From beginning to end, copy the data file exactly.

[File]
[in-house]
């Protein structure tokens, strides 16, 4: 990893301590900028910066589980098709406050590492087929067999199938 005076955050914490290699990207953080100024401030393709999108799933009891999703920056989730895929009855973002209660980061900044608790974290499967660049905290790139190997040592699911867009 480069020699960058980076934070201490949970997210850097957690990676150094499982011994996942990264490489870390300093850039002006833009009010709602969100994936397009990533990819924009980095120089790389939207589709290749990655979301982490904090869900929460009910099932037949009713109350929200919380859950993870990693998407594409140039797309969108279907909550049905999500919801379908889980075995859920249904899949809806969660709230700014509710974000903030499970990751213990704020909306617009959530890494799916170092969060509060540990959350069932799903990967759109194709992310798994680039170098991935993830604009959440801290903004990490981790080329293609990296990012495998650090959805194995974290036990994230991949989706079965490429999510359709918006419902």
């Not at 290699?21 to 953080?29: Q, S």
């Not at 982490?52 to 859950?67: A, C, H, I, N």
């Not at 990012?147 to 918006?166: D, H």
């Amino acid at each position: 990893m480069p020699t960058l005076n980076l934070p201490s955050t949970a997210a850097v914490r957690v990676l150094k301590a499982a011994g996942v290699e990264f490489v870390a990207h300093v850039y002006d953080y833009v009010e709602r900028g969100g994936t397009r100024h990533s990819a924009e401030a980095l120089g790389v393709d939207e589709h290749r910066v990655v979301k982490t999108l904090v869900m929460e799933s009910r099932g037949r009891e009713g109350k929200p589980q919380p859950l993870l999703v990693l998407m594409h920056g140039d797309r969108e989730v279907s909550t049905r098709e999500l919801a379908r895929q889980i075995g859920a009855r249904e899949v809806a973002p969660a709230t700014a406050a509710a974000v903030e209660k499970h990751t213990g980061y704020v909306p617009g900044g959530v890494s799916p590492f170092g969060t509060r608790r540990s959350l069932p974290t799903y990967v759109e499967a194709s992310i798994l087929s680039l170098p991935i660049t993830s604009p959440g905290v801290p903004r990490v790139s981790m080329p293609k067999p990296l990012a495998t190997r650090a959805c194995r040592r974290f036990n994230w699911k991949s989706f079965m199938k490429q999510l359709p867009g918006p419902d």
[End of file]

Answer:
[in-house]
């Protein structure tokens, strides 16, 4: 990893301590900028910066589980098709406050590492087929067999199938 005076955050914490290699990207953080100024401030393709999108799933009891999703920056989730895929009855973002209660980061900044608790974290499967660049905290790139190997040592699911867009 480069020699960058980076934070201490949970997210850097957690990676150094499982011994996942990264490489870390300093850039002006833009009010709602969100994936397009990533990819924009980095120089790389939207589709290749990655979301982490904090869900929460009910099932037949009713109350929200919380859950993870990693998407594409140039797309969108279907909550049905999500919801379908889980075995859920249904899949809806969660709230700014509710974000903030499970990751213990704020909306617009959530890494799916170092969060509060540990959350069932799903990967759109194709992310798994680039170098991935993830604009959440801290903004990490981790080329293609990296990012495998650090959805194995974290036990994230991949989706079965490429999510359709918006419902």
């Not at 290699?21 to 953080?29: Q, S």
């Not at 982490?52 to 859950?67: A, C, H, I, N």
């Not at 990012?147 to 918006?166: D, H």
């Amino acid at each position: 990893m480069p020699t960058l005076n980076l934070p201490s955050t949970a997210a850097v914490r957690v990676l150094k301590a499982a011994g996942v290699e990264f490489v870390a990207h300093v850039y002006d953080y833009v009010e709602r900028g969100g994936t397009r100024h990533s990819a924009e401030a980095l120089g790389v393709d939207e589709h290749r910066v990655v979301k982490t999108l904090v869900m929460e799933s009910r099932g037949r009891e009713g109350k929200p589980q919380p859950l993870l999703v990693l998407m594409h920056g140039d797309r969108e989730v279907s909550t049905r098709e999500l919801a379908r895929q889980i075995g859920a009855r249904e899949v809806a973002p969660a709230t700014a406050a509710a974000v903030e209660k499970h990751t213990g980061y704020v909306p617009g900044g959530v890494s799916p590492f170092g969060t509060r608790r540990s959350l069932p974290t799903y990967v759109e499967a194709s992310i798994l087929s680039l170098p991935i660049t993830s604009p959440g905290v801290p903004r990490v790139s981790m080329p293609k067999p990296l990012a495998t190997r650090a959805c194995r040592r974290f036990n994230w699911k991949s989706f079965m199938k490429q999510l359709p867009g918006p419902d």